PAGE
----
Cutting taxes, not spending more, is key to Ohio’s economic growth


New evidence from the U.S. Bureau of Labor Statistics shows that Ohio is one of the nation’s leading states in recent job creation. Yet a large number of commentators are lecturing Gov. John Kasich about his allegedly anti-growth fiscal policies.

In a recent editorial, The Blade opined that “evidence ... clearly points to investment as the more effective way to nurture business growth.” The newspaper said that Mr. Kasich “continues to pursue a backward policy that promotes tax cuts at the expense of vital investments in Ohio’s future.”

I think the critics have it wrong on all fronts. By “investment,” they mean greater government spending, usually with an emphasis on education.

They suggest that higher levels of government educational spending lead to more economic growth than tax reductions. Evidence published in the top peer-reviewed economics journals suggests otherwise.

I quickly found five studies since 2008 in premier journals such as the American Economic Review and National Tax Journal, showing that tax reductions have strong positive economic effects. From 2010 to 2013, nearly 854,000 native-born Americans moved from states with income taxes to states without them, such as Texas, Florida, and Wyoming.

Governor Kasich’s proposals are a step toward reducing the drain on human resources that occurs when productive Ohioans move to places where the price of government services is lower, letting them keep more of what they earn.

Another argument is that more spending on higher education is critical to growth. It is true that college-educated workers are more productive than others.

But is also true that incomes since 2006 have risen less nationally for college graduates than for those with high school diplomas. Large numbers of recent college graduates have ended up as baristas, taxi drivers, and workers in big-box retail stores.

Arguably, we have overinvested in higher education. As of 2010, 115,120 janitors in America had bachelor’s degrees.

Higher education is riddled with inefficiency; I know that firsthand as a university professor. When I do statistical analyses, I find no positive relationship between state higher-education appropriations and economic growth. Indeed, a case can be made that more appropriations lower growth.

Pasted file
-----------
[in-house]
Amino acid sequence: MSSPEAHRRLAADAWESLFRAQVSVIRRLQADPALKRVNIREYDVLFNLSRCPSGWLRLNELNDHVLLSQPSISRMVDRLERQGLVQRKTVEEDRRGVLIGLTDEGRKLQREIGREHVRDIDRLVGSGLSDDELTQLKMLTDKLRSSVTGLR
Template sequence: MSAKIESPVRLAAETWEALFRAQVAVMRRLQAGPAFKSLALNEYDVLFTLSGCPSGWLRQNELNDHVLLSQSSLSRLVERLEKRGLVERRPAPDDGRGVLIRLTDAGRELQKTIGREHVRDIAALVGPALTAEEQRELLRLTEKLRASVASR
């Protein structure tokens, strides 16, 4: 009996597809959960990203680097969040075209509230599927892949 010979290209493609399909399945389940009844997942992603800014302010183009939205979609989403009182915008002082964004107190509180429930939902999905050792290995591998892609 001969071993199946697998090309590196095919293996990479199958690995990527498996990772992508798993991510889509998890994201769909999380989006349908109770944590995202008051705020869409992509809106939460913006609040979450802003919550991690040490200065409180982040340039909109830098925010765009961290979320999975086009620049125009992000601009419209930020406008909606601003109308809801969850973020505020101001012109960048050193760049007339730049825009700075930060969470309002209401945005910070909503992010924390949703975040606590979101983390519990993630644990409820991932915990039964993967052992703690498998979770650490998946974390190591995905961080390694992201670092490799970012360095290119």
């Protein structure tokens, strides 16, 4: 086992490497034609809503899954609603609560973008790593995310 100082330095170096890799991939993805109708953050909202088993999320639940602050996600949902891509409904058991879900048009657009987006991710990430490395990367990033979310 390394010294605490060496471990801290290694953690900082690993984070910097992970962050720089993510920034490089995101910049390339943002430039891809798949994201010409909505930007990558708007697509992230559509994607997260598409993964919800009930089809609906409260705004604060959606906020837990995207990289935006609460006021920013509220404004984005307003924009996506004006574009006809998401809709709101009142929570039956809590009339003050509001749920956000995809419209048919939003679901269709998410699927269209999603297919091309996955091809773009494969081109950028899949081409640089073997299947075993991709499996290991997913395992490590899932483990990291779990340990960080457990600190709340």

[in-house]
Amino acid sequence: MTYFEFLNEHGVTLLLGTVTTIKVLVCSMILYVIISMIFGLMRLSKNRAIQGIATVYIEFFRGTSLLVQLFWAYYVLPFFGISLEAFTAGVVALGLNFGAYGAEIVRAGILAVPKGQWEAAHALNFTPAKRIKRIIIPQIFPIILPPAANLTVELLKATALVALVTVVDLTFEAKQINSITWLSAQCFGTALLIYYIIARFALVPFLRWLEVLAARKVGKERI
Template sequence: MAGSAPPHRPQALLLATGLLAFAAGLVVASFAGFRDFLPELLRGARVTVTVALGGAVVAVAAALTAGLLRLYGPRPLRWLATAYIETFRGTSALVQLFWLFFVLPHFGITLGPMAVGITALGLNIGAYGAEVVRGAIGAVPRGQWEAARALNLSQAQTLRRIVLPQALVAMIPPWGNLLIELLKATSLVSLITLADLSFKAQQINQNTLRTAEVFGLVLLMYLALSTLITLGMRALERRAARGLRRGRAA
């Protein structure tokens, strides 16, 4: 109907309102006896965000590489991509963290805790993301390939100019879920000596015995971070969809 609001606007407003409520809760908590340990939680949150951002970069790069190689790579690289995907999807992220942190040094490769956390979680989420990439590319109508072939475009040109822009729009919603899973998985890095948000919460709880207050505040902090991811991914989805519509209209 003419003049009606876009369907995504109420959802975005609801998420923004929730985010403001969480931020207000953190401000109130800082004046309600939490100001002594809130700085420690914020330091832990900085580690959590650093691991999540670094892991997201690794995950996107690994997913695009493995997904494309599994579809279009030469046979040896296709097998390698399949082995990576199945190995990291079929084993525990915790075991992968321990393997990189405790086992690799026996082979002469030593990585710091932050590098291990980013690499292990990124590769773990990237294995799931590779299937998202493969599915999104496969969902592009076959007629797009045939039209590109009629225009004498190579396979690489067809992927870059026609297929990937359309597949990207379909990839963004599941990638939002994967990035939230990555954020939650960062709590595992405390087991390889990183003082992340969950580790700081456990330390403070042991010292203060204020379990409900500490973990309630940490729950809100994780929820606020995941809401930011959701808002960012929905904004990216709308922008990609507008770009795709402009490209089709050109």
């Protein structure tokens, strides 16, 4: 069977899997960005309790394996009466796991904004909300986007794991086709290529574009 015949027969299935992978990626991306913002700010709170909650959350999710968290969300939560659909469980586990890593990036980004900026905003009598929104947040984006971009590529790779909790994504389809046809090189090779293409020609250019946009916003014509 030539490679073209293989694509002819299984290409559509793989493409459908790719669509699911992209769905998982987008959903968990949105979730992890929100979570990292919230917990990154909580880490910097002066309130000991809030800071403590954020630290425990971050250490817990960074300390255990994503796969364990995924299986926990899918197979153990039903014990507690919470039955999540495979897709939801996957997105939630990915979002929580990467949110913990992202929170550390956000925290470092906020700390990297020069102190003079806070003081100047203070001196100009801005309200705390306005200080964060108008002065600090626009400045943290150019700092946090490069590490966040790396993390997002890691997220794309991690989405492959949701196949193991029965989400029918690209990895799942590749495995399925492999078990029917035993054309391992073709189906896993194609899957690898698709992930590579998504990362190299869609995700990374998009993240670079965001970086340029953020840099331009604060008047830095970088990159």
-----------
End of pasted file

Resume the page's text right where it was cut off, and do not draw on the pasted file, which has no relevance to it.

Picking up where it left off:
Particularly outrageous is the suggestion that spending reductions in the Ohio College Opportunity Grant program are denying college access to many potentially productive and deserving Ohioans. This program was severely reduced during the administration of former Gov. Ted Strickland, for excellent reasons.

Community college students can get federal Pell grants that typically cover their full tuition. Why use state funds to pay for something the feds already provide? The state college grant still helps lower-income students pay tuition beyond Pell grant limits at more expensive state universities.

Moreover, there is pretty good evidence that government-provided tuition assistance has enabled universities to raise their fees to capture added public dollars. This helps universities pay for the hordes of new bureaucrats they have hired in recent decades.

Tuition caps are an attempt to stop this, but universities often evade them by reducing the quality of what they offer — using more cheap and inexperienced adjunct faculty, having larger classes — or by tacking on new noninstructional fees. I am waiting to have to pay to use the toilet at my university; it is only a matter of time.

Finally, it is worth noting that the underlying assumption of the critics about Governor Kasich’s latest budget proposals — that taxes are being reduced — is not very valid. Mr. Kasich proposes that income tax cuts be largely offset by other tax increases.

It is probably true that proposed increases in consumption and severance taxes are likely to have few anti-growth effects. But the evidence is clear that income taxes are particularly debilitating in their effects on growth. Indeed, if I were to criticize the governor’s proposal, it would be to argue that even more aggressive reductions are desirable.

Any time we “invest” in anything, we reduce resources that are available elsewhere. The competitive free enterprise system is disciplined by markets. On average, it uses resources better and more efficiently than governments, which are monopolies run by politicians. That is a lesson well worth learning.

Richard Vedder is distinguished professor of economics emeritus at Ohio University and director of the Center for College Affordability and Productivity.